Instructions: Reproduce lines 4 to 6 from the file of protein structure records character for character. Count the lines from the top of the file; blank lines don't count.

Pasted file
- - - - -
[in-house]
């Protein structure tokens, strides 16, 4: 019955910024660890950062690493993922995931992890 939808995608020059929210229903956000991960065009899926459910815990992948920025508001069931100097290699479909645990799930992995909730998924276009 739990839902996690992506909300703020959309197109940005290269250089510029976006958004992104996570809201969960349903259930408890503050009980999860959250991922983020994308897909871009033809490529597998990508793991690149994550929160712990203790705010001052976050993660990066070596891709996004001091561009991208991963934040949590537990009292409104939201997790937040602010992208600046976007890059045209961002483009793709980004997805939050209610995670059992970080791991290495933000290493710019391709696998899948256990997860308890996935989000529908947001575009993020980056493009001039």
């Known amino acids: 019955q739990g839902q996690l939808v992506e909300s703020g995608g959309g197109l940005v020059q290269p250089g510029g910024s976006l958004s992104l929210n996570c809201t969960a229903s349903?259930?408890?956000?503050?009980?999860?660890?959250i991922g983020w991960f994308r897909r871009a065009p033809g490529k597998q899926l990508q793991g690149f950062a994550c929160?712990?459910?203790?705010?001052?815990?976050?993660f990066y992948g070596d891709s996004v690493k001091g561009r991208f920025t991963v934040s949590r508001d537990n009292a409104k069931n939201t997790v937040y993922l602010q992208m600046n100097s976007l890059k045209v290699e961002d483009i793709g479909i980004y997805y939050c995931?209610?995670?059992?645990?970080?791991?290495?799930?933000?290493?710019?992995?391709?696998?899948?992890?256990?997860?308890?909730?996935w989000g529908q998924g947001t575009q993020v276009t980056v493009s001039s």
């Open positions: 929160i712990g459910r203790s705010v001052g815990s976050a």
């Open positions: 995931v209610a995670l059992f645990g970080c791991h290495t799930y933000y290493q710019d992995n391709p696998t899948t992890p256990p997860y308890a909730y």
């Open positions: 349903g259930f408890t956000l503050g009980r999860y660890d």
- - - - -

């Open positions: 929160i712990g459910r203790s705010v001052g815990s976050a």
């Open positions: 995931v209610a995670l059992f645990g970080c791991h290495t799930y933000y290493q710019d992995n391709p696998t899948t992890p256990p997860y308890a909730y």
């Open positions: 349903g259930f408890t956000l503050g009980r999860y660890d």